In a divided society this can be dangerous if one section of the community is, in effect, always excluded from decision-making by a form of parliamentary despotism. The (failed) attempt to replace FPTP with the Alternative Vote earlier this year was intended to address this democratic deficit. AV would have been an improvement on FPTP, but inferior to the Single Transferable Vote system of Proportional Representation as used in Northern Ireland.

.

Northern Ireland has one major flaw in its system, however, as it is governed by a mandatory five-party coalition. There is no opposition, so no alternative government is waiting in the wings to take over if the incumbent regime messes things up. No matter who you vote for, the government always gets in!

.

In Westminster FPTP elections, we get the chance to ‘throw the rascals out’ every four or five years, but once elected our parliamentarians can do whatever they like without reference to the electorate.

.

Direct Democracy

.

One suggested improvement might be a system of direct democracy where Members of Parliament act as popular delegates. This worked well in ancient Athens where everyone knew almost everyone else but seems impractical in a modern largely anonymous society. How are MPs to be brought closer to the people?

.

The National Liberal Party suggests that we introduce referendums as a regular consultative constitutional measure. The party is circulating an on-line petition which states:

.

Everyday important decisions are made by Government which directly affects the people. However the people are never consulted as part of the decision making process. The war in Afghanistan is just one example of this.

.

The National Liberal Party and the undersigned call for the introduction into law the use of Referendums based on the successful direct democracy system used in Switzerland, allowing people to vote on major issues such as Europe (including renegotiating the Lisbon Treaty), Nuclear power, immigration, the creation of an English Parliament and going to war.

Go to http://www.gopetition.com/petitions/consult-thepeople.html

.

Switzerland: a practical application of ‘Direct Democracy’

.

In Switzerland regular elections are held to elect representatives to their Federal (national) Parliament. As in Northern Ireland, the use of PR ensures that the party split in the number of representatives more closely resembles a party’s percentage vote than clearly is the case in Westminster. This allows government to reflect the ‘popular will’ by forcing the main parties to act in coalition. Significant minority opinion and minor parties are not shut out of influence. The government will still get in, but it will vary in response to the shifting strengths of the constituent parties in the parliament.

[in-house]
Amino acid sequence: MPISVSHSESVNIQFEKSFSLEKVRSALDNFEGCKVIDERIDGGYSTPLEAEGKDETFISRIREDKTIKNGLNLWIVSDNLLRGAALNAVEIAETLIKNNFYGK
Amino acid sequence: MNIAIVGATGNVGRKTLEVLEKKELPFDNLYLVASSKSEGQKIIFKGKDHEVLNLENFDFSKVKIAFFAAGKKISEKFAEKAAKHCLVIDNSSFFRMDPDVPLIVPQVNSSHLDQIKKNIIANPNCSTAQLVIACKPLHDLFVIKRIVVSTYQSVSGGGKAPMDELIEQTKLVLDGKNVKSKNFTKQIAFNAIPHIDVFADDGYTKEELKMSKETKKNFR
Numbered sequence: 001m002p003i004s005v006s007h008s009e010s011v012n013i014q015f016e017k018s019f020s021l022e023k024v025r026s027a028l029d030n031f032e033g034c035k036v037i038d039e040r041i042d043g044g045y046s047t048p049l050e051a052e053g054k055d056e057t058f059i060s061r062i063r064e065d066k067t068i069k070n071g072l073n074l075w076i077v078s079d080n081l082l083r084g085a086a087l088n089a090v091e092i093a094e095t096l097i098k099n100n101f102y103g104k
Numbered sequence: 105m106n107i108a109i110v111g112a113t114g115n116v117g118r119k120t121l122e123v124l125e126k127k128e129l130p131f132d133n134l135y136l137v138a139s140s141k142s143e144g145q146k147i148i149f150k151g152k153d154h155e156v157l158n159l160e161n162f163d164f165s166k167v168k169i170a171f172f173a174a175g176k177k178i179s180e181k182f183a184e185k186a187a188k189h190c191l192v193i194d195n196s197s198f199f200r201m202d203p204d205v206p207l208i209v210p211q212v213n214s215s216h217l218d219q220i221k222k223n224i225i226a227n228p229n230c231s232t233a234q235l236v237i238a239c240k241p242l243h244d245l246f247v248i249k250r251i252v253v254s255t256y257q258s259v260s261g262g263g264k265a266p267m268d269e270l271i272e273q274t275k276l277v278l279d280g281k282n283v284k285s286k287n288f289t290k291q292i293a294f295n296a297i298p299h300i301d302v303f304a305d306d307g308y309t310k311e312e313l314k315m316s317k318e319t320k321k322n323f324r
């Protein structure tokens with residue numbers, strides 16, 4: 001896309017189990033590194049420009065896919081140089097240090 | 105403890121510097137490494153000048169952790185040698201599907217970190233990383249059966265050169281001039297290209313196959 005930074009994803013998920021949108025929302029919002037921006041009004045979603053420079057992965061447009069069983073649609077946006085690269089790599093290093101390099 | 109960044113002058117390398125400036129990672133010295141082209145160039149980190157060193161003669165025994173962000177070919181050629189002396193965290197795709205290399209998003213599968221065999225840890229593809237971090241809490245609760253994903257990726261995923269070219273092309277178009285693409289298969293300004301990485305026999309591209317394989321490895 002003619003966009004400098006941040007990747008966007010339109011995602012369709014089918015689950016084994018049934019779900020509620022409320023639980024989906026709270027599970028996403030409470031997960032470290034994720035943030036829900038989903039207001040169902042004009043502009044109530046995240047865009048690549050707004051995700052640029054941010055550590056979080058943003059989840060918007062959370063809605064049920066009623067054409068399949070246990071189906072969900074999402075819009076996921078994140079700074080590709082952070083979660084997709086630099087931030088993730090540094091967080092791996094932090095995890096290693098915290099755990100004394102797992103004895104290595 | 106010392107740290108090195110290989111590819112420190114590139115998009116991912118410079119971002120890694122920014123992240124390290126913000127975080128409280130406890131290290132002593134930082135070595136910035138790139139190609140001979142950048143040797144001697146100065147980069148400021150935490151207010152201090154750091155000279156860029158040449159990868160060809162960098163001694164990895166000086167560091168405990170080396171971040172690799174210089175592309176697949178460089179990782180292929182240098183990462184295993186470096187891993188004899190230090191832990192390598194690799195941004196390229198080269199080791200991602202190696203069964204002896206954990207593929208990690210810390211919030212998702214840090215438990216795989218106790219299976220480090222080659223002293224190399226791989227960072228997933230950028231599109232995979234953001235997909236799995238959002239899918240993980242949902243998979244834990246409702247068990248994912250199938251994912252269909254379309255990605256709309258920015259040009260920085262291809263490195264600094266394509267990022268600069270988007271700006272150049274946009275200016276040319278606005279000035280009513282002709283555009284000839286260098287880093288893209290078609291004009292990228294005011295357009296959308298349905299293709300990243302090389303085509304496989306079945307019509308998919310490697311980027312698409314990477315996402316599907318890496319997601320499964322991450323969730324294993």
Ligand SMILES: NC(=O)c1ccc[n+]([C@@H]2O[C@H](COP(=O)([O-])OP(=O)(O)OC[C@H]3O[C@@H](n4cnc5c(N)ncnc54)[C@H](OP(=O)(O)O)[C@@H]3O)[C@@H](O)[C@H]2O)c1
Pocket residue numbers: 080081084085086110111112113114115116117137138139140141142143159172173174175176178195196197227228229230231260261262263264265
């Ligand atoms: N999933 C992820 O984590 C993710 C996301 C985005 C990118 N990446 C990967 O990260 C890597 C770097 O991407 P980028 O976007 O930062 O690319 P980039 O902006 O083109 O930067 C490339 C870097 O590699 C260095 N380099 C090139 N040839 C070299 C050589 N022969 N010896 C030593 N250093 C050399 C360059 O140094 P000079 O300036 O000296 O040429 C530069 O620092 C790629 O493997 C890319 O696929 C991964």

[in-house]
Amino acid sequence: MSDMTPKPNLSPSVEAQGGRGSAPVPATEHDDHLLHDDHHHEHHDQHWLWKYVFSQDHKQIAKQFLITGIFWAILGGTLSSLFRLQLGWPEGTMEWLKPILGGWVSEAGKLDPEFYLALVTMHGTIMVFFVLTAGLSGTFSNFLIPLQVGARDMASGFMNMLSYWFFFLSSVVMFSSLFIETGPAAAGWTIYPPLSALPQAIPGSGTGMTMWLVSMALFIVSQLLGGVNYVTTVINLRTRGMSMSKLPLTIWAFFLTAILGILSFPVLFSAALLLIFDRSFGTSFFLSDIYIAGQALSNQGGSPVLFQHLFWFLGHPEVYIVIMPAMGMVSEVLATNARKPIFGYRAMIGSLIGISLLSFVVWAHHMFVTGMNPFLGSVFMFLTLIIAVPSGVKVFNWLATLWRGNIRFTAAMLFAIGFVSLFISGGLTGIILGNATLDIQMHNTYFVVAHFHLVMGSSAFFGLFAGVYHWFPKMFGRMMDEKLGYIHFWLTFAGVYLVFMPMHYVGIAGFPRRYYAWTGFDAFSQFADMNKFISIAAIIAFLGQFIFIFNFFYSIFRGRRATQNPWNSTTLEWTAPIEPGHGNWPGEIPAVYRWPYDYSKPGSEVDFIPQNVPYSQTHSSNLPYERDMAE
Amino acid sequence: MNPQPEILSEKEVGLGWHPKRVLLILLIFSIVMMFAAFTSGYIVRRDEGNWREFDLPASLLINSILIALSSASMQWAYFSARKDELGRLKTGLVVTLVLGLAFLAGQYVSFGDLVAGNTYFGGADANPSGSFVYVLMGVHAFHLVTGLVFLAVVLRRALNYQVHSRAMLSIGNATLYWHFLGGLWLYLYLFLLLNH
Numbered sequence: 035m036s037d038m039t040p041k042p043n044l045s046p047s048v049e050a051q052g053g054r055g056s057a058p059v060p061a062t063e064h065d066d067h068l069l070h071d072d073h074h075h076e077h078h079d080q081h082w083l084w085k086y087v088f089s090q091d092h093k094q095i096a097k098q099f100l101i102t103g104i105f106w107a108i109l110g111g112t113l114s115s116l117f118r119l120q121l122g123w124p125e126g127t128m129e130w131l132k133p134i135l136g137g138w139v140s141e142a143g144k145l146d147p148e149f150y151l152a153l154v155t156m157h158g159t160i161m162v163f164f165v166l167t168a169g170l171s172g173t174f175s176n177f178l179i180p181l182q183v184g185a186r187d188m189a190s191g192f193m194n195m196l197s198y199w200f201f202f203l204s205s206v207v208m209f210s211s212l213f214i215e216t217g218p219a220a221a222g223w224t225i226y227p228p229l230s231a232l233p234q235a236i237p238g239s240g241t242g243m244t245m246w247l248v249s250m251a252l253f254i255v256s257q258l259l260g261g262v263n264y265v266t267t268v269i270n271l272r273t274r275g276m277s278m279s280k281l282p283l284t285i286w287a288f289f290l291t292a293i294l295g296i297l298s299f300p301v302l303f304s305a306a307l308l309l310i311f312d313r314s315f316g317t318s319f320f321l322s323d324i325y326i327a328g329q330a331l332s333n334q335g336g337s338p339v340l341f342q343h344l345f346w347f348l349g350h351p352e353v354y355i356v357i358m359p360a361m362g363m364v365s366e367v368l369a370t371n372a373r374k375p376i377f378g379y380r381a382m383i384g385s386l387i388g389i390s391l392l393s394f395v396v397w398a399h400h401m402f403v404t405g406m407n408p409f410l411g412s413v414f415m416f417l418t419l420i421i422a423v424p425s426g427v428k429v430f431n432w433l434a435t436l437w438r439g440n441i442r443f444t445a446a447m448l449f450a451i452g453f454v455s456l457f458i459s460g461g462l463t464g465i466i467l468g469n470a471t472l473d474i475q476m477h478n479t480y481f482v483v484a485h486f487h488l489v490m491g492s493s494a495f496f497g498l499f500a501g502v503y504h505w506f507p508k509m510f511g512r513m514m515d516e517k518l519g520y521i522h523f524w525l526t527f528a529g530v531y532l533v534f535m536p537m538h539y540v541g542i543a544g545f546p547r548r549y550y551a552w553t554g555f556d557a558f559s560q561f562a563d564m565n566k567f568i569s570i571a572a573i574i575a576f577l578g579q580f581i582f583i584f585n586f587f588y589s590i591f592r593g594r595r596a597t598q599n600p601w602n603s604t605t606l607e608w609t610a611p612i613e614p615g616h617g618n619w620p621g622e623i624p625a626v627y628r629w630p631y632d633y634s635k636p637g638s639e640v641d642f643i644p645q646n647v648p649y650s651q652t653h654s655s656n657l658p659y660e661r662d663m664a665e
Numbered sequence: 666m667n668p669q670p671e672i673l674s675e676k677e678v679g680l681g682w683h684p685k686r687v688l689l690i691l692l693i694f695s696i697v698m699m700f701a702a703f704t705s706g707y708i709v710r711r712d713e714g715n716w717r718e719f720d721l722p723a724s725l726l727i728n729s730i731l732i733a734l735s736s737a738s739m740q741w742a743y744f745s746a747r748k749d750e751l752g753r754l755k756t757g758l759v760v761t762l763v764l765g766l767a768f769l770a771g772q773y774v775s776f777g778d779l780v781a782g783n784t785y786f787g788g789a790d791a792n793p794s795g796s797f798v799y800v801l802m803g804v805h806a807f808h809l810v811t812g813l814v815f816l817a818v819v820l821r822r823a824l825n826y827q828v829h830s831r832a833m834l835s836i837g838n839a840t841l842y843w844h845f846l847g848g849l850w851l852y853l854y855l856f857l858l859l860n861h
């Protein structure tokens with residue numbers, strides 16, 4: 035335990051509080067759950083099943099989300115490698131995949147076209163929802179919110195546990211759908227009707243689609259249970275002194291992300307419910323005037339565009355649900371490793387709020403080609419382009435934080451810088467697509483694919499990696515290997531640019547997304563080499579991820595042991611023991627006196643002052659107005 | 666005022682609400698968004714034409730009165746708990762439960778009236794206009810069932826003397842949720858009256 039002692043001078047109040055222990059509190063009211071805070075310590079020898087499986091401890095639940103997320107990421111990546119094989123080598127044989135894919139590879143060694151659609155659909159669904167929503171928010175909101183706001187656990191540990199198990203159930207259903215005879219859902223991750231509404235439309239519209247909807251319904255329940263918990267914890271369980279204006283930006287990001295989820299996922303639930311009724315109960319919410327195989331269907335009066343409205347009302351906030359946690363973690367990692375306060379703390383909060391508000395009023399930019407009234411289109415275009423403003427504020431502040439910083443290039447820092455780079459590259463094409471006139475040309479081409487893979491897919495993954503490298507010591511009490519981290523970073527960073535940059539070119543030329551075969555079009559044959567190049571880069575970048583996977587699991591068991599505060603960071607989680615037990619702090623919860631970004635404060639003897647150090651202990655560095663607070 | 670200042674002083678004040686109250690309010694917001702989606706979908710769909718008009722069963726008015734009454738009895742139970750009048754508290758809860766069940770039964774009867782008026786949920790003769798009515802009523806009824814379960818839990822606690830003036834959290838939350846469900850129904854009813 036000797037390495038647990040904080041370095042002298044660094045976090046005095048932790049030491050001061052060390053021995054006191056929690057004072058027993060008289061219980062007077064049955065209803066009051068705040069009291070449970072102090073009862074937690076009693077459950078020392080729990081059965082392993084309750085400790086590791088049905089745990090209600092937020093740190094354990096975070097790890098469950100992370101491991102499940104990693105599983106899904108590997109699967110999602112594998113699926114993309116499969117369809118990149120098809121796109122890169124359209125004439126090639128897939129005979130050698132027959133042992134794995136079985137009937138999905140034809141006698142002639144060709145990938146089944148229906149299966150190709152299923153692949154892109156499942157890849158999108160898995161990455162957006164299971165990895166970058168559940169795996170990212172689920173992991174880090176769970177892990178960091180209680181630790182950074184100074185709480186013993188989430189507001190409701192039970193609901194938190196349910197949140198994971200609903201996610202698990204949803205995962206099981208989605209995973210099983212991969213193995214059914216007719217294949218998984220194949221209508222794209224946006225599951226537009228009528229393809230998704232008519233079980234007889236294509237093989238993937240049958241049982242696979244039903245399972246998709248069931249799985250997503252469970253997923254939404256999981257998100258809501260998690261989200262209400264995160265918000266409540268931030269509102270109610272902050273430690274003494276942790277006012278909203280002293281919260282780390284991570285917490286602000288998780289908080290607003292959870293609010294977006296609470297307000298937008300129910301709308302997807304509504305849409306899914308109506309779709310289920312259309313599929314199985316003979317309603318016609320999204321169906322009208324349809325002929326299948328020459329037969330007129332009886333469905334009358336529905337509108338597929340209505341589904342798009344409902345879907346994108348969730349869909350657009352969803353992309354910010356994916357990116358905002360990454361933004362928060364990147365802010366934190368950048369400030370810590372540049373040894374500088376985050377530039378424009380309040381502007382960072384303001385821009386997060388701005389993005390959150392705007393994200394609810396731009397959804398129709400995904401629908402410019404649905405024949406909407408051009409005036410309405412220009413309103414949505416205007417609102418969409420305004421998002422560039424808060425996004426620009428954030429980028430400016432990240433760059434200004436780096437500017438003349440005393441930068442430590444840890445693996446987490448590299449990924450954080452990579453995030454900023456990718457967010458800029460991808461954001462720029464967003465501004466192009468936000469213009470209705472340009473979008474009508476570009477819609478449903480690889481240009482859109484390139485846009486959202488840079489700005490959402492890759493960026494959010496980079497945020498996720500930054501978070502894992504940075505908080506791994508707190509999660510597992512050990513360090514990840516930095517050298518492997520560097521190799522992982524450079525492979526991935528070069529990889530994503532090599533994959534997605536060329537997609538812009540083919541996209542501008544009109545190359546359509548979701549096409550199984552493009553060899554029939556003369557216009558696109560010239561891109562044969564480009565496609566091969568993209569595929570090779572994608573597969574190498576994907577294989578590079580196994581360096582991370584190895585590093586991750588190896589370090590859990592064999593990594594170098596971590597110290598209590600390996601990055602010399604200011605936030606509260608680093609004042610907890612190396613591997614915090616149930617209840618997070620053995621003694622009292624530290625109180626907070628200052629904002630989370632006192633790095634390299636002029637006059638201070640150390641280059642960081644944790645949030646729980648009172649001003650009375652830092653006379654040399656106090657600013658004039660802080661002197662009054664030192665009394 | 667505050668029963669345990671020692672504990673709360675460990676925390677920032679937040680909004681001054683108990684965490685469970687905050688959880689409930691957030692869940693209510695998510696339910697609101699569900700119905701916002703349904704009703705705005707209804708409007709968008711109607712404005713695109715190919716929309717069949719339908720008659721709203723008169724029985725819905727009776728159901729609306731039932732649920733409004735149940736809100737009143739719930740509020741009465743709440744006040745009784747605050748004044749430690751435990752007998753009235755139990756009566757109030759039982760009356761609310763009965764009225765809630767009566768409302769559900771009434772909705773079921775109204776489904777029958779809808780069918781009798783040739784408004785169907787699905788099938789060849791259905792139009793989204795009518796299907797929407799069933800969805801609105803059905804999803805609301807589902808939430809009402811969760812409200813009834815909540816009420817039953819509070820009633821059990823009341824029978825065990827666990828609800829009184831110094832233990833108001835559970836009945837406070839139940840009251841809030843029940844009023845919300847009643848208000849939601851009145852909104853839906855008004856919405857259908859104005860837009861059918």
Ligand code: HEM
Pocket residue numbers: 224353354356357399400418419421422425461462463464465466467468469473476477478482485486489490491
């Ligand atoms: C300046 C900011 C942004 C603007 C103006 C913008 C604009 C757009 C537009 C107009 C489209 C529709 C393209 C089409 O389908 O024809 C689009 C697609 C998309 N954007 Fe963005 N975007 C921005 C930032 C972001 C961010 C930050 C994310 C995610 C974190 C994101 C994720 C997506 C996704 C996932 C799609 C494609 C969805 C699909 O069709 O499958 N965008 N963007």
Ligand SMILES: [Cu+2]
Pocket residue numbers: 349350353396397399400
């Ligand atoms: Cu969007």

.

In addition to this superior electoral system, Switzerland operates three mechanisms of Direct Democracy: Referendums, Initiative and Recall. Referendums cover votes on Government proposed changes to the Constitution, important Federal (National) laws or International treaties. Initiatives allow the public themselves to call for changes to the Constitution or Federal law. Recall allows the electorate to petition for a reelection of public officials for unacceptable behaviour. Had a similar system been operating here, electors could have petitioned for the recall of those MPs who fiddled their expenses to pay for duck ponds and for similar abuses of office.

.

This form of Direct Democracy institutionalises the voters’ right to decide on issues themselves. Implementation of these measures would go a long way to address the ‘democratic deficit’ in the United Kingdom.

.

These ideas are anathema to the European power elite for whom democracy is a bit of an inconvenience. Whatever might be said of the former Prime Ministers of Greece and Italy, they were at least elected to office. Not so their ‘technocratic’ successors. It ought to be astonishing that these changes of government were given such an easy ride by the press. Witness the howls of protest when Mr Papandreou announced his intention to put a euro-zone bailout scheme to a popular referendum. Within days he was forced to cancel the referendum.

.

For the EU ‘Eurocrats’, democracy is all very fine as long as the people make the ‘right’ decision. When this does not go according to plan, the aberrant nation is bullied into voting again, as happened when the people of the Republic of Ireland rejected the Nice Treaty in a constitutional referendum.